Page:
Threads die when they die, I wish I knew why. There were times where I was so excited to see what my thread was gonna generate and its like a dry desert and other times where something so simple goes on for pages. Batman, didnt your one thread recently go on for pages? I think thats an example that you are not a thread killer.

midnightstar 10-08-17 06:13 AM

Re: Writing lessons
 
Batman, your posts that I've seen make sense to me :grouphug:

Sometimes threads die because people have said everything they want to say :grouphug:

Greyhound1 10-08-17 01:45 PM

Re: Writing lessons
 
Quote:

Originally Posted by aeon (Post 1967199)
I have to say that if you think you are a poor writer, then you either don't see yourself clearly, or you don't judge yourself fairly.

Having read your posts on this forum, especially those in which you wrote at length, gave me the sense that writing is one of your gifts.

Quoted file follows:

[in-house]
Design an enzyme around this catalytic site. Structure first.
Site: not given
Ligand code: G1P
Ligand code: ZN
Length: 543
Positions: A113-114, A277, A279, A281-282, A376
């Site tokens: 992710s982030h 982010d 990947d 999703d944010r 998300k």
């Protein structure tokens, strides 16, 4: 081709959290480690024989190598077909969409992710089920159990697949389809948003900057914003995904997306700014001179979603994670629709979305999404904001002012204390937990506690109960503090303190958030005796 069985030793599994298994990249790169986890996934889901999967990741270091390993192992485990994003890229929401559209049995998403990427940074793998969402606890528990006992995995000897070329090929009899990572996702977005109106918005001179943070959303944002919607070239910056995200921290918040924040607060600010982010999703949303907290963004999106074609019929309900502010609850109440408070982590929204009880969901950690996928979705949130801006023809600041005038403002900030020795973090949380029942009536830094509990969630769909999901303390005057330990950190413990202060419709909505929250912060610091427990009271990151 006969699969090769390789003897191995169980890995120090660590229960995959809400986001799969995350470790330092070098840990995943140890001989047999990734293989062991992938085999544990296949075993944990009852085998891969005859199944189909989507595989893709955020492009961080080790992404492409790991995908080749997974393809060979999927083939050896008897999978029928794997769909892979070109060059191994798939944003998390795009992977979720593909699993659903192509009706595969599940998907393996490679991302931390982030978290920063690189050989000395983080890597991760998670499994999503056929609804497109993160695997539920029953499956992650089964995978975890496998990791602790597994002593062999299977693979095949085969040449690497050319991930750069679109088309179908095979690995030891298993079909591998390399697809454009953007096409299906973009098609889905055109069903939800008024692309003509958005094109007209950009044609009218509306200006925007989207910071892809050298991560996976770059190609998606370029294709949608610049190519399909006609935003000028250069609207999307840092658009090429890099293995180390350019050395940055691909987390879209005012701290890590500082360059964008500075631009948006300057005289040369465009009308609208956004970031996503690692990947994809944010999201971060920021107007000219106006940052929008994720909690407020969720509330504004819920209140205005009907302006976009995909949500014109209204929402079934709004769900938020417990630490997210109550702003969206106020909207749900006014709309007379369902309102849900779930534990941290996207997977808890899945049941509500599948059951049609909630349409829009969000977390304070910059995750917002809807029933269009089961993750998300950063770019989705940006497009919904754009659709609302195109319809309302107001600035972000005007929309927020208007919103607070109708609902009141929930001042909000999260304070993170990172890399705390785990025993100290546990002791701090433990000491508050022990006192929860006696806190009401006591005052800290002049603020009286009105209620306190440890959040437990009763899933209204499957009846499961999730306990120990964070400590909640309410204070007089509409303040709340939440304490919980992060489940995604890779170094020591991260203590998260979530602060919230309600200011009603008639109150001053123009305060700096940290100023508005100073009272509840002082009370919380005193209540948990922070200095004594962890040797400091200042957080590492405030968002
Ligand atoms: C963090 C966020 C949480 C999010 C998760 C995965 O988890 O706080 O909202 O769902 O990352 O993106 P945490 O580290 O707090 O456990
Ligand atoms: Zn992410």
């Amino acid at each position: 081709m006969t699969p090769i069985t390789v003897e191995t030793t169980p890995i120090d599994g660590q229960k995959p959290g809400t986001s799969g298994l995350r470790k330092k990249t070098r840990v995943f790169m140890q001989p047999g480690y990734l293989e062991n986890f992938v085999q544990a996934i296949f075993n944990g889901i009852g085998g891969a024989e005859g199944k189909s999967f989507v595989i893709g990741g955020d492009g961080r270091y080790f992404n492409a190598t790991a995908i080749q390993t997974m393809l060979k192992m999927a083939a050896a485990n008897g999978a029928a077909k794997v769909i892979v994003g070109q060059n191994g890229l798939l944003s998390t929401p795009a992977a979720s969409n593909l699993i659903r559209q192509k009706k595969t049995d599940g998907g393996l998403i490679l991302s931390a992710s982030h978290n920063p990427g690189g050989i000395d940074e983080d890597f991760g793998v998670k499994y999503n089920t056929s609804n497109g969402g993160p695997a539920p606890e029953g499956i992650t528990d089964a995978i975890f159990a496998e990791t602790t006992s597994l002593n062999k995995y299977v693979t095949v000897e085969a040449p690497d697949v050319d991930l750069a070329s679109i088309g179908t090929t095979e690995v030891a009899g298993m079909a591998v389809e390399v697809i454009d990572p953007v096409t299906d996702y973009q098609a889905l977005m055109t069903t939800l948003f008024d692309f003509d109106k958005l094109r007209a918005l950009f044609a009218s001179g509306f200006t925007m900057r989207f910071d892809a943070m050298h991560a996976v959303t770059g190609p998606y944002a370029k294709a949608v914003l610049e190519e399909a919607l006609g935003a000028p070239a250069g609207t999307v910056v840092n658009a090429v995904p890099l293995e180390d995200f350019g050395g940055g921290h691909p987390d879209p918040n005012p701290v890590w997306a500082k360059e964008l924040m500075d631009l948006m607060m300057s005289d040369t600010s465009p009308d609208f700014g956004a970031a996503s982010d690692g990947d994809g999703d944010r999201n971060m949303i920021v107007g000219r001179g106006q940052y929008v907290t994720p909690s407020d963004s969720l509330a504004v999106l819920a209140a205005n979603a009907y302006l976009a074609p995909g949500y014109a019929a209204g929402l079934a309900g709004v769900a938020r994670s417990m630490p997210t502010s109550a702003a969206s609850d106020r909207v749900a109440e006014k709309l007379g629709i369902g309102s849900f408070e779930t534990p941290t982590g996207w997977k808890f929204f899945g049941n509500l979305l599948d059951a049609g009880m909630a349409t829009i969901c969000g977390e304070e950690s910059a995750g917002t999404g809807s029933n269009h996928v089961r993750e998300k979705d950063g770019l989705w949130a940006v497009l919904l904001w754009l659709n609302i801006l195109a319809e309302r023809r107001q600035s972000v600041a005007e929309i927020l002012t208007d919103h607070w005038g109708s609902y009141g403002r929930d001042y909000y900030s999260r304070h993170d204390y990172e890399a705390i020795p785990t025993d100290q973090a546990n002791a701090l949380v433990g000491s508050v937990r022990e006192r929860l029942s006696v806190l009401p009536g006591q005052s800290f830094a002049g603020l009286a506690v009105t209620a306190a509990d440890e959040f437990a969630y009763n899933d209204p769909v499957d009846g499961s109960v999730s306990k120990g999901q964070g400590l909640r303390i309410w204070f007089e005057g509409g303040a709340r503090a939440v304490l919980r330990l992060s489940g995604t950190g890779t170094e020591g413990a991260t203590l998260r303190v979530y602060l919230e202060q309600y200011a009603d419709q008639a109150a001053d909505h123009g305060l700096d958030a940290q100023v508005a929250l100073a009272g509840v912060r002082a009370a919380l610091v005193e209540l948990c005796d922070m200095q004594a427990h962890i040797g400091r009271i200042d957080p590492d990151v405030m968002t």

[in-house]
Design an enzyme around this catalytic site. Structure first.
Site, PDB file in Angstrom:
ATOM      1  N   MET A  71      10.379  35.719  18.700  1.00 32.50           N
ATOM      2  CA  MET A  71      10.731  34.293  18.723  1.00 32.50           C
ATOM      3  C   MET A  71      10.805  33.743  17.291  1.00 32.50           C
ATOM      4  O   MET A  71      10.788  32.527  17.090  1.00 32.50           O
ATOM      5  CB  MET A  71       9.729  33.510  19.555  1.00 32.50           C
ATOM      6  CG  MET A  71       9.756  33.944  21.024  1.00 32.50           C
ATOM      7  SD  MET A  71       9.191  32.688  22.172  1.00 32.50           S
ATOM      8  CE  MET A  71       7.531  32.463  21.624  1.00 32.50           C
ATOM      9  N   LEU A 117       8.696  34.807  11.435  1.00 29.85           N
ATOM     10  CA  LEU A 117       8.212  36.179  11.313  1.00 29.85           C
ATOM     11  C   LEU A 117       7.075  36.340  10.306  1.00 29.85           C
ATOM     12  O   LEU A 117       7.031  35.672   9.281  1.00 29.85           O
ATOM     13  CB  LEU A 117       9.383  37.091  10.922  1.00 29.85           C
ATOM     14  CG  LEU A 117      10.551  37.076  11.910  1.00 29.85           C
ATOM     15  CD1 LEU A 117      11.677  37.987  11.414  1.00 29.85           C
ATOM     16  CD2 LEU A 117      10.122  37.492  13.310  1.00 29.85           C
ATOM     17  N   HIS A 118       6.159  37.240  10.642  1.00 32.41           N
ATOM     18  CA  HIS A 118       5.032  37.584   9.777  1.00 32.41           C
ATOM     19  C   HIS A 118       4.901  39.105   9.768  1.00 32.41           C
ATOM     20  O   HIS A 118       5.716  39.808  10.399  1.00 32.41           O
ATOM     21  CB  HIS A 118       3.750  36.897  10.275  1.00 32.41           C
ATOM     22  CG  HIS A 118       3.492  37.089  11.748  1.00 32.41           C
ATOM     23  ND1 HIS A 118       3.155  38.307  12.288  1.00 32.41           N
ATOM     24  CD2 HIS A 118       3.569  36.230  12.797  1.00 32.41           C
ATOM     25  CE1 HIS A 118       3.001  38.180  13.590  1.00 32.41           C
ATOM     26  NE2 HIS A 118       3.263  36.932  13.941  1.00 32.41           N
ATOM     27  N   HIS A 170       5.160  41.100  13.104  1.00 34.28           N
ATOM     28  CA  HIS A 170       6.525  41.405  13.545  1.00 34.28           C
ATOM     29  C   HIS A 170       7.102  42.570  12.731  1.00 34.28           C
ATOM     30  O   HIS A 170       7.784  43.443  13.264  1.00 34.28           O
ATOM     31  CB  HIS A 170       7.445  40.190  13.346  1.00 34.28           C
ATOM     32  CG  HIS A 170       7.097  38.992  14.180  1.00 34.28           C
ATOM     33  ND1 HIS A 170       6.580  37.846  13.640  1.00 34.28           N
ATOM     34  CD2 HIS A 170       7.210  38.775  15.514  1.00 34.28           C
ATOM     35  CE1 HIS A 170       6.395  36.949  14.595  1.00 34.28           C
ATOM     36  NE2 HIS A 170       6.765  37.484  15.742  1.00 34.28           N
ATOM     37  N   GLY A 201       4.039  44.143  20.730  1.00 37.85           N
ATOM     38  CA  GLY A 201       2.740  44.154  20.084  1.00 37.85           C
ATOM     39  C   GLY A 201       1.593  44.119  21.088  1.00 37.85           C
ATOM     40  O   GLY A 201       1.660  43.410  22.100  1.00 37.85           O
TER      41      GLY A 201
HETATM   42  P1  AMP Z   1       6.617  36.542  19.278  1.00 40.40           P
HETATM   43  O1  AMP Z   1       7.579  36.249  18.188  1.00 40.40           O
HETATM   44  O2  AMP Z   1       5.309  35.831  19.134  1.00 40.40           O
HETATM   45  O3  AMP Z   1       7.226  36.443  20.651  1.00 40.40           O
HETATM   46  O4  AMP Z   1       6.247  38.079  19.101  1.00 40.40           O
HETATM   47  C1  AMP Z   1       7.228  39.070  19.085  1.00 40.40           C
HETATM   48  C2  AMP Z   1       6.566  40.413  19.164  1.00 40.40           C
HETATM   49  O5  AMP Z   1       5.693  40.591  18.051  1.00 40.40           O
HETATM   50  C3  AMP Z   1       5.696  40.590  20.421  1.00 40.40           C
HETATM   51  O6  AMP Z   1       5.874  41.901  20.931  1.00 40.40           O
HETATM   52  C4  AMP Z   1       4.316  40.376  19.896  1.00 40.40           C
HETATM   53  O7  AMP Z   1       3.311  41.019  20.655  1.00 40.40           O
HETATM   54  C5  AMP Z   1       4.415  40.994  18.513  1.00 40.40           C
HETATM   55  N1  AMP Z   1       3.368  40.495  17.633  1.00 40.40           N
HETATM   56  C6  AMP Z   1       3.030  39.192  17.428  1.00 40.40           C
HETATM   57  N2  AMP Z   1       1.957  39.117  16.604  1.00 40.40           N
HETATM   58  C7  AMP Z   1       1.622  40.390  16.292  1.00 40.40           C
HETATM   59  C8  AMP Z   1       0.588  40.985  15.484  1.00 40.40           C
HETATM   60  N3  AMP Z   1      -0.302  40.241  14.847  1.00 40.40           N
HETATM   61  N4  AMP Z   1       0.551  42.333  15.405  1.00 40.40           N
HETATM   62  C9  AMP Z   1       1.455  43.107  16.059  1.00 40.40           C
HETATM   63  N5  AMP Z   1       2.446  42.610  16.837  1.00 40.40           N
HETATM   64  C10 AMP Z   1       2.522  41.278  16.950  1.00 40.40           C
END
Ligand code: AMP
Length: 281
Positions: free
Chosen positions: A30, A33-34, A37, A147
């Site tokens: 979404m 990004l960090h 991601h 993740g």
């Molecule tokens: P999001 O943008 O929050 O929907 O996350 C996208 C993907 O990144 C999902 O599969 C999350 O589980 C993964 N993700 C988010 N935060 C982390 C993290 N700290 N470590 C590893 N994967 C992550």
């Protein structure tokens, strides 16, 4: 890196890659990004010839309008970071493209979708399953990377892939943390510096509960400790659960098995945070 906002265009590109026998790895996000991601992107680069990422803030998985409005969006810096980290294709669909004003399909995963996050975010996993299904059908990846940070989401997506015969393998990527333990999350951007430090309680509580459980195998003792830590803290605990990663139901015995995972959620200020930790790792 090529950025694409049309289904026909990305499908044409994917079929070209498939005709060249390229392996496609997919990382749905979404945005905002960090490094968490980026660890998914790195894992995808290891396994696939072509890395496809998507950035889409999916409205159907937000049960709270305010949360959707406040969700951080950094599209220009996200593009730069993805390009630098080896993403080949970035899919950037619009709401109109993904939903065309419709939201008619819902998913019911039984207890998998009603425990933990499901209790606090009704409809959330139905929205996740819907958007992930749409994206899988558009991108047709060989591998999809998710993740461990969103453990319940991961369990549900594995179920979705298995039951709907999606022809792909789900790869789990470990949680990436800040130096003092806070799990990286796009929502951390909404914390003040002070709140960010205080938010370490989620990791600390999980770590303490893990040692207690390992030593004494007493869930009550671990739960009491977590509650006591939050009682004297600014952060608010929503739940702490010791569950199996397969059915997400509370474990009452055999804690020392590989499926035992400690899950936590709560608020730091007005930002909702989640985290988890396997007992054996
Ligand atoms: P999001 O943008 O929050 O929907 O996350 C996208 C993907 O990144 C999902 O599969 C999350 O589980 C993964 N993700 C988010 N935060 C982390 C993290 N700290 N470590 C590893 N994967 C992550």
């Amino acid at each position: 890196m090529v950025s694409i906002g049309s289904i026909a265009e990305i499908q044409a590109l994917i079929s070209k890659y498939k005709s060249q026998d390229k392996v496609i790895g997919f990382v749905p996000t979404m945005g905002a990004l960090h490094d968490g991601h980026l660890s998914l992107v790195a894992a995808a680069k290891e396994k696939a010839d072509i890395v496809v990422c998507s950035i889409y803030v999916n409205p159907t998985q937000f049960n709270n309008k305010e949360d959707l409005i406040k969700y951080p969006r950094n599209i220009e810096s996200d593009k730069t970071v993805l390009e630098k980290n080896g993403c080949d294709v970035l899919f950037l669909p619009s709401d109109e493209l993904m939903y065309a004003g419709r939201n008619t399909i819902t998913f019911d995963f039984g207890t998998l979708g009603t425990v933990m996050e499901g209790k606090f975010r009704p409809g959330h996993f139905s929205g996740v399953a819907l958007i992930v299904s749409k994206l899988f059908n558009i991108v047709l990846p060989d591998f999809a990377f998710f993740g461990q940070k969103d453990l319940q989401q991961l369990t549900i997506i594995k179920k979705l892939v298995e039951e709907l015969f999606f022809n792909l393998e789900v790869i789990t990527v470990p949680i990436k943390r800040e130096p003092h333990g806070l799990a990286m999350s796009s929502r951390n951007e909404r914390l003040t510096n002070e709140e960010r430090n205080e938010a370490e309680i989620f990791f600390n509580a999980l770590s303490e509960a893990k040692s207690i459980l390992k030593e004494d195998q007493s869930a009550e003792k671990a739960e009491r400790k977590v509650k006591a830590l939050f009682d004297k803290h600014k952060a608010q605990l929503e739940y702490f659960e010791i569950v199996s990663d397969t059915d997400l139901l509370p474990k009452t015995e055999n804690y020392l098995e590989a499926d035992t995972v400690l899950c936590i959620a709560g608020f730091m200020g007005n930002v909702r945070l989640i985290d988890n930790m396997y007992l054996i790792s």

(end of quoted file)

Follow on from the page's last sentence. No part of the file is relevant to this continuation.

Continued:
If you truly did bring a conversation to an end, it had to do with the content of the thoughts expressed, not your sentence structure or grammar.

And keep in mind, there are many reasons why threads come to an end, and most of them have nothing to do with the last poster in the thread.

Perhaps no one has anything more to add. Perhaps their taste for the thread has waned. I know I have disappeared from threads due to issues of work, illness, sleep, and so on, where lack of interest on my part, and "thread-killer" status on someone else's part were never the issue in the slightest.